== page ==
“While the White House clings to the past, automakers and American families embrace cleaner cars,” said Attorney General Becerra. “The evidence is irrefutable: today’s clean car standards are achievable, science-based, and a boon for hardworking American families and public health. It’s time to remove your blinders, President Trump, and acknowledge that the only person standing in the way of progress is you. You have no basis and no authority to pull this waiver. We’re ready to fight for a future that you seem unable to comprehend; we’ll see you in court if you stand in our way.”

Attorney General Becerra to President Trump: You Have No Authority to Pull California’s Waiver; We’ll See You in Court

The NRDC has vowed to join the fight against this move.

“State leaders need the ability to protect their citizens from dangerous air pollution and the ravages of our climate crisis. Only the mean-spirited Trump administration would think it makes sense to deny clean air to 118 million Americans in 14 states.

“Even the automakers have called on the president to work with the states on a negotiated outcome that continues to make progress on curtailing tailpipe pollution. The administration should drop this wrongheaded idea and work with state leaders, not against them.”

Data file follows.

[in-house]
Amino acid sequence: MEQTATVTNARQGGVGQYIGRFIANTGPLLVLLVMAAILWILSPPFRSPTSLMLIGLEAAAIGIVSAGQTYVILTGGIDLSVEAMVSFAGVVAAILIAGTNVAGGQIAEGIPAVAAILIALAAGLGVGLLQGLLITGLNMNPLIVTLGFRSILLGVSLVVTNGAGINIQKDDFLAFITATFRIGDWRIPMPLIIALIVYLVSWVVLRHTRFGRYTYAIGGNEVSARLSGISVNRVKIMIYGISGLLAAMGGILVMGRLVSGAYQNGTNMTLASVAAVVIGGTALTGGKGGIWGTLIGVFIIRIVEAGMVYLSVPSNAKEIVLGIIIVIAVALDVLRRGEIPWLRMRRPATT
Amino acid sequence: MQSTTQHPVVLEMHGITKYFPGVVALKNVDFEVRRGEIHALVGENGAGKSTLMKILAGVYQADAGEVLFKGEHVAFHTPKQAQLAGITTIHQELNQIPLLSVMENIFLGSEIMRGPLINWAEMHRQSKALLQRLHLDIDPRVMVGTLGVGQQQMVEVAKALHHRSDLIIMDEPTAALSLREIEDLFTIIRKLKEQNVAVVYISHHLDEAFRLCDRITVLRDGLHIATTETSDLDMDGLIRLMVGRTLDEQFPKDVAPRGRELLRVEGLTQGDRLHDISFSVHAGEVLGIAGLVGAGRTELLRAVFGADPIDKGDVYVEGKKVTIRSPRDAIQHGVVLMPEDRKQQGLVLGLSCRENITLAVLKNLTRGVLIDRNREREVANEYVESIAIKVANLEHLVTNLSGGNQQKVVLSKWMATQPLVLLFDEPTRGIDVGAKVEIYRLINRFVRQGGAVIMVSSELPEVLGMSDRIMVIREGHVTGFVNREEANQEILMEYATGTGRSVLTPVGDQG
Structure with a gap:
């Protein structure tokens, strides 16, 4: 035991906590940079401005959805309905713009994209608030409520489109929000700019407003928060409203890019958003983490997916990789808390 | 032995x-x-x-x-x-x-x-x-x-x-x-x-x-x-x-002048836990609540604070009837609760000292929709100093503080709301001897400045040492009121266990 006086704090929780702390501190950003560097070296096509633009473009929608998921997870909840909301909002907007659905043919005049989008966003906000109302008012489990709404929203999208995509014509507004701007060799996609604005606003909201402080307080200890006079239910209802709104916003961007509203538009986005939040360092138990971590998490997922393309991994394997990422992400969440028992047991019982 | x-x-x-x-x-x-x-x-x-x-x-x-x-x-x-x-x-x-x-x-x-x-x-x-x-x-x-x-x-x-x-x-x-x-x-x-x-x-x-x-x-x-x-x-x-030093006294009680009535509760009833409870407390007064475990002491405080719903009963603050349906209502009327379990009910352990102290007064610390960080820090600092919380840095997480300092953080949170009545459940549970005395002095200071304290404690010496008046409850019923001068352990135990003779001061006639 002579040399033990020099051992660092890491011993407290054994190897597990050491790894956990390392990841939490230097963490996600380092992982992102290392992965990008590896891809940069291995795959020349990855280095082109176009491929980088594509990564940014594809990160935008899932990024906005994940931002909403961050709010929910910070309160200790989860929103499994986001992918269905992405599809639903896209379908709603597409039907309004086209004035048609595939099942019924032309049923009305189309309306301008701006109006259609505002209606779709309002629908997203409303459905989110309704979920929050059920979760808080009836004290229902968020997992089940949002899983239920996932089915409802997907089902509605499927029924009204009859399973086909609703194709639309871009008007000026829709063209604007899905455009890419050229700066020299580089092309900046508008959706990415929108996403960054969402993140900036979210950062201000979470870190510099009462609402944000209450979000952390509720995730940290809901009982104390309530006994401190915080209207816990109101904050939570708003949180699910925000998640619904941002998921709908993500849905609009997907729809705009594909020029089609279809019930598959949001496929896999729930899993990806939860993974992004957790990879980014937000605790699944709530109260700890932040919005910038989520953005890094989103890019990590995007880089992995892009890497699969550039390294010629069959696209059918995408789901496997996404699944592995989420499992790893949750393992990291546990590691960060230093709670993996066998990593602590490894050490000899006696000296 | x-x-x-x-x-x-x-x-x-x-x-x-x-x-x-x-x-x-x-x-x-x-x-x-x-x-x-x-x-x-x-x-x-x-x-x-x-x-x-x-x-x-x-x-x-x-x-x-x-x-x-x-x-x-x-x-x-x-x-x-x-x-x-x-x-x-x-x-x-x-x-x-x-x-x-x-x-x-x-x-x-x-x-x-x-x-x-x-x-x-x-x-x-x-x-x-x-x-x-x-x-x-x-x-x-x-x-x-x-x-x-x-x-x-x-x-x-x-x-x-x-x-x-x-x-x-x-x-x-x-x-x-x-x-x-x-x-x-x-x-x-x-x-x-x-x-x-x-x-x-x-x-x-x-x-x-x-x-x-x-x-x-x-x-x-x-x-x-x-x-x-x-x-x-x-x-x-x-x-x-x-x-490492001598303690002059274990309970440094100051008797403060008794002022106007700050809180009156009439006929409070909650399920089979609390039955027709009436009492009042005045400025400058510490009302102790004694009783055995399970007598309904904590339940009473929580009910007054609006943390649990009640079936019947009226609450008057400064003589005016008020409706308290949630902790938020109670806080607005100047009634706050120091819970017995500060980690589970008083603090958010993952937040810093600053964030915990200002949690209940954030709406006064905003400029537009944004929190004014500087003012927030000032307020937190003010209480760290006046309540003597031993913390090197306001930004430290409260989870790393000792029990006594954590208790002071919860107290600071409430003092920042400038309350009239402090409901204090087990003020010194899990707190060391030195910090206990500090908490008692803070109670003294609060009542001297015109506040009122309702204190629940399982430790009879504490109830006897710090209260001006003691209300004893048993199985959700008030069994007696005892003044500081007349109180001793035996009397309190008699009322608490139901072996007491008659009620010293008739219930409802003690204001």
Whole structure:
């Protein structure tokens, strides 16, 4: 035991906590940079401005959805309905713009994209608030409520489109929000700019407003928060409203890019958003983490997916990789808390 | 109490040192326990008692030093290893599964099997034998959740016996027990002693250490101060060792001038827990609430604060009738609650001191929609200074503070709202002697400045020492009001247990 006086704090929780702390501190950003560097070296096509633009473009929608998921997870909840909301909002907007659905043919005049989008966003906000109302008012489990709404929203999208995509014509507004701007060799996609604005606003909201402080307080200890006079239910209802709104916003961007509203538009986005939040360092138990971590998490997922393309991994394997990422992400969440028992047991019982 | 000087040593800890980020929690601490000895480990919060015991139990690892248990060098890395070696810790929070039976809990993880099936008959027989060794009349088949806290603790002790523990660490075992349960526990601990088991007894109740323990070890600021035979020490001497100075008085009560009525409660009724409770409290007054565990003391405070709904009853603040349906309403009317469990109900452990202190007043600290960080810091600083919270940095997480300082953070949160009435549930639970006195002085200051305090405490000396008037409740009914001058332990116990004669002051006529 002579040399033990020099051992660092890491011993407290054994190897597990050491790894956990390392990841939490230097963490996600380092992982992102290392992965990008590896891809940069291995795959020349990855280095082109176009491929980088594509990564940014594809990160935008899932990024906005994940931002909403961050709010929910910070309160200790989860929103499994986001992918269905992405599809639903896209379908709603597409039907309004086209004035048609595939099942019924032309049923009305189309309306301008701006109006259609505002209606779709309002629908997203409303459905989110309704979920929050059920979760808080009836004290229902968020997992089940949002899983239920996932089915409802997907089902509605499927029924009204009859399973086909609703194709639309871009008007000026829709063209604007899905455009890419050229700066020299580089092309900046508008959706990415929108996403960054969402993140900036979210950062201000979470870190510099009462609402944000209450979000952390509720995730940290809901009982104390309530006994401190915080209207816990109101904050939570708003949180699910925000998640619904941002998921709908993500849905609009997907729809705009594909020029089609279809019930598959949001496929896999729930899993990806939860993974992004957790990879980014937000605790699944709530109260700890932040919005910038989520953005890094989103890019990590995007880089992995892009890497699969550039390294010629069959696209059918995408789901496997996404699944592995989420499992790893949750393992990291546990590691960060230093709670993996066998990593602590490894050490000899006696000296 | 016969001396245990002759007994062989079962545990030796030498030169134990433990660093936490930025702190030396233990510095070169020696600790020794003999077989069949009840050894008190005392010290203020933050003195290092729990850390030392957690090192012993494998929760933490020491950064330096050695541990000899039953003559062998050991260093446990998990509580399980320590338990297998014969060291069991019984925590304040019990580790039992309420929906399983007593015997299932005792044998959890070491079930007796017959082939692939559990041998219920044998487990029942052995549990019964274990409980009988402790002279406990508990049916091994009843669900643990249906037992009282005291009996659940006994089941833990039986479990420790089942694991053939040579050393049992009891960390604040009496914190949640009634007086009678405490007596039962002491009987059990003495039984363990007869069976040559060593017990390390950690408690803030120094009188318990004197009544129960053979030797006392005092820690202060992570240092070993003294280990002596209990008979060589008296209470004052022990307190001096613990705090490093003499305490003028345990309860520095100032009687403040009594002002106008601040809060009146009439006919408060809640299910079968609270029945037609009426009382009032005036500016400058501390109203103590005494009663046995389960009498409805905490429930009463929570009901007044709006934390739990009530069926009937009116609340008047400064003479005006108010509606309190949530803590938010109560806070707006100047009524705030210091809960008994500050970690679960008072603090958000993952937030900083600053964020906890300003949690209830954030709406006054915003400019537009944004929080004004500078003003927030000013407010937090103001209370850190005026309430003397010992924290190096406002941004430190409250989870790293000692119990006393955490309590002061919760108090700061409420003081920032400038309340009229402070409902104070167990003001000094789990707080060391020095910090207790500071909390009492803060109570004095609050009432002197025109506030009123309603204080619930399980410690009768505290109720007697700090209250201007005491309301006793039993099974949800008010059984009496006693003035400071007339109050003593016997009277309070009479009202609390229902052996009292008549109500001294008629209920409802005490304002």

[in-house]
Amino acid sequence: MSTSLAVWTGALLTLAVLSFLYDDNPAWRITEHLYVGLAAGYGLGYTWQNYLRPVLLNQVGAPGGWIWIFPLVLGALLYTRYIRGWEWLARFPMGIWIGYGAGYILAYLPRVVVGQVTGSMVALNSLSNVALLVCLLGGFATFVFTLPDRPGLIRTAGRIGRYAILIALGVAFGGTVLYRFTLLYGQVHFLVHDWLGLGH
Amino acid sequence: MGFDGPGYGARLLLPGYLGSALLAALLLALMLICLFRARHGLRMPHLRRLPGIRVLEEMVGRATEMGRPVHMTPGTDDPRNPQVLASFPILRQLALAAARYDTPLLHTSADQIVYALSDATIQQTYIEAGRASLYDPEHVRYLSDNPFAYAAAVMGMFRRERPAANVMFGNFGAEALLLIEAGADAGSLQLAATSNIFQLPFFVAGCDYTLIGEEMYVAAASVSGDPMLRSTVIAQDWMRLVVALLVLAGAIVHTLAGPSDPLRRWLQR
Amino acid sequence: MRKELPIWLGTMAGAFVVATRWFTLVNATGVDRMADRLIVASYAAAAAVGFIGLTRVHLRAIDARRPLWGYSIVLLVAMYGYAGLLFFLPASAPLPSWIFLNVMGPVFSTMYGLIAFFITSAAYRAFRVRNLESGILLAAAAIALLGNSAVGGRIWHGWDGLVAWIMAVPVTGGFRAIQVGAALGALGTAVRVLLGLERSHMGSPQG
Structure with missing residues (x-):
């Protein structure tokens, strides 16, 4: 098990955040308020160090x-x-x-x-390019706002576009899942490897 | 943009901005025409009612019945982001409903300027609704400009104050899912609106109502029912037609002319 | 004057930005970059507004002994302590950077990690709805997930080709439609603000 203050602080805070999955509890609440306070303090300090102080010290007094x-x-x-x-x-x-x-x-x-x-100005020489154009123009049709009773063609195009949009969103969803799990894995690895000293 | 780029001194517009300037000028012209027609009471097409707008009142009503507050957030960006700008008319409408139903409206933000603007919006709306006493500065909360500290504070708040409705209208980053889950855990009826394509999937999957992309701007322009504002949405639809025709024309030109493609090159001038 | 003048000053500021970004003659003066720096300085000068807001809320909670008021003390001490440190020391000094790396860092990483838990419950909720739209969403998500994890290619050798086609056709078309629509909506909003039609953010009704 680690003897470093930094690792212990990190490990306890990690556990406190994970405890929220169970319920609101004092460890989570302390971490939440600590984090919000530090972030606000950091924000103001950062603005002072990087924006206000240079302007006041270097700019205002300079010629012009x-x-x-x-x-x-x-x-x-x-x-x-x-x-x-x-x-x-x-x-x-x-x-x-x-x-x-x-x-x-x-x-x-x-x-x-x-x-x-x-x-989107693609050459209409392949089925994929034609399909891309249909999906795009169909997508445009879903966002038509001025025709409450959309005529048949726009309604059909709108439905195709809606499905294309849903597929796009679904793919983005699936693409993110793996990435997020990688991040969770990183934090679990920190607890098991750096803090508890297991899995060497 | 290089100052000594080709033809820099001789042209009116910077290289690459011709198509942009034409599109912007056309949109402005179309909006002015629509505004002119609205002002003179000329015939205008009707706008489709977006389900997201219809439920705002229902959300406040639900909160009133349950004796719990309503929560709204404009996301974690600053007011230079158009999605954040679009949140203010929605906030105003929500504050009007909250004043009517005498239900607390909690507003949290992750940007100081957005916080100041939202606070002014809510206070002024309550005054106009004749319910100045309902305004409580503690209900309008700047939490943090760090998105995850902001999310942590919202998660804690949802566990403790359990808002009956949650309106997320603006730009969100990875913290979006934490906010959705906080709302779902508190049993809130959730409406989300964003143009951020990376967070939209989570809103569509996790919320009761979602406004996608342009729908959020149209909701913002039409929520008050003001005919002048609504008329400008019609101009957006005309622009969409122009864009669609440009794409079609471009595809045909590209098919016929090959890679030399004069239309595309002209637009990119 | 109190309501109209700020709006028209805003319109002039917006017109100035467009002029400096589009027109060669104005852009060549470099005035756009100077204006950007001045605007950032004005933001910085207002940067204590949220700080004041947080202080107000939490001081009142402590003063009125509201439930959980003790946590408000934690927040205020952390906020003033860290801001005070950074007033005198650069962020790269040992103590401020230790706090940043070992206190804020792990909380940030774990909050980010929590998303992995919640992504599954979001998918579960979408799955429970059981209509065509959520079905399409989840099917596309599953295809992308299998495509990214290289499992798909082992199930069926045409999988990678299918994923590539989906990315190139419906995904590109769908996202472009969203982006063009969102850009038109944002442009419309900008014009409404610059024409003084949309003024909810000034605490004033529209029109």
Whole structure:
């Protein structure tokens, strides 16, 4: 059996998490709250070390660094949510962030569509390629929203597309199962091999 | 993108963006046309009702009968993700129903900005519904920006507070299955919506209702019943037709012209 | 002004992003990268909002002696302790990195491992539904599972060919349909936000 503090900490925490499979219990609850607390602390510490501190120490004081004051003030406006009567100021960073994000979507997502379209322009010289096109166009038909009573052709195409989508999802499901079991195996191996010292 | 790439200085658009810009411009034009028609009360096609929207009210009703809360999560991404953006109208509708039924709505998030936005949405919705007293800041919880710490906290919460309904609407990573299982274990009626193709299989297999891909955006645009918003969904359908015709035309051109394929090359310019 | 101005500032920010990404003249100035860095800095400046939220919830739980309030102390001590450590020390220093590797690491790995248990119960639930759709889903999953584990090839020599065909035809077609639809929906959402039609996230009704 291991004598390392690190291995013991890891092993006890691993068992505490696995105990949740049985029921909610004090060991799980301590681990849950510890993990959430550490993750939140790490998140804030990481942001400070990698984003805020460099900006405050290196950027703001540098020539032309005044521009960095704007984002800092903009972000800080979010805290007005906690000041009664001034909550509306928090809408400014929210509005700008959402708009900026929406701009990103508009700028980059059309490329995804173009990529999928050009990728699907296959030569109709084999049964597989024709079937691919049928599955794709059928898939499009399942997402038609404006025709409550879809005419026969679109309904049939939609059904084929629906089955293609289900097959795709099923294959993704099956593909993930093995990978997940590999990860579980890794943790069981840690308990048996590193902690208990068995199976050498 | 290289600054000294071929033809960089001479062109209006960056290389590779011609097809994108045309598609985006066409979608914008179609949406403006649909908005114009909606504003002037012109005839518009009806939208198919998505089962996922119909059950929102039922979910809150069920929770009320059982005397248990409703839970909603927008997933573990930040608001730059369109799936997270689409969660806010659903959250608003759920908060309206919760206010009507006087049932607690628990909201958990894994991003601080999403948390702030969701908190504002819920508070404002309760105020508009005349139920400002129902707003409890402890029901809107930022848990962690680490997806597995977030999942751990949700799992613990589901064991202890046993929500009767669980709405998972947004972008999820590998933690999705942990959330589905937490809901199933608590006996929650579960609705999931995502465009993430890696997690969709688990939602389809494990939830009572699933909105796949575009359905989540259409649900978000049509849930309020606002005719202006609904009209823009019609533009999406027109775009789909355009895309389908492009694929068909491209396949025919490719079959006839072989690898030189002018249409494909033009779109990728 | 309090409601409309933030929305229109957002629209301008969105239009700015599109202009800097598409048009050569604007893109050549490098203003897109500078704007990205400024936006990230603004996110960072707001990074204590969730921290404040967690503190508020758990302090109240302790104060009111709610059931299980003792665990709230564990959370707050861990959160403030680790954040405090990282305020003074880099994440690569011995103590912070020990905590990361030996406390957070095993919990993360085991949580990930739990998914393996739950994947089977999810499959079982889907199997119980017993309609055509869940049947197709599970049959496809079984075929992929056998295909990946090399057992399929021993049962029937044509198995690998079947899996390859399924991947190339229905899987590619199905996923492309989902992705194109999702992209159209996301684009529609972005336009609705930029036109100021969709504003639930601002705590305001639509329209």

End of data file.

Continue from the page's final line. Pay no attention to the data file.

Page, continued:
Luke Tonachel, director for clean vehicles and fuels at the Natural Resources Defense Council (NRDC)

“States’ ability to set tailpipe emission standards to protect their citizens was laid out clearly in the Clean Air Act, and nothing in the fuel economy law takes away that authority. Federal judges have twice ruled that states have the authority to set standards to curb carbon pollution.

“We will fight this in court – and we will win.”

David Doniger, a senior attorney at NRDC

Public Citizen issued a statement today: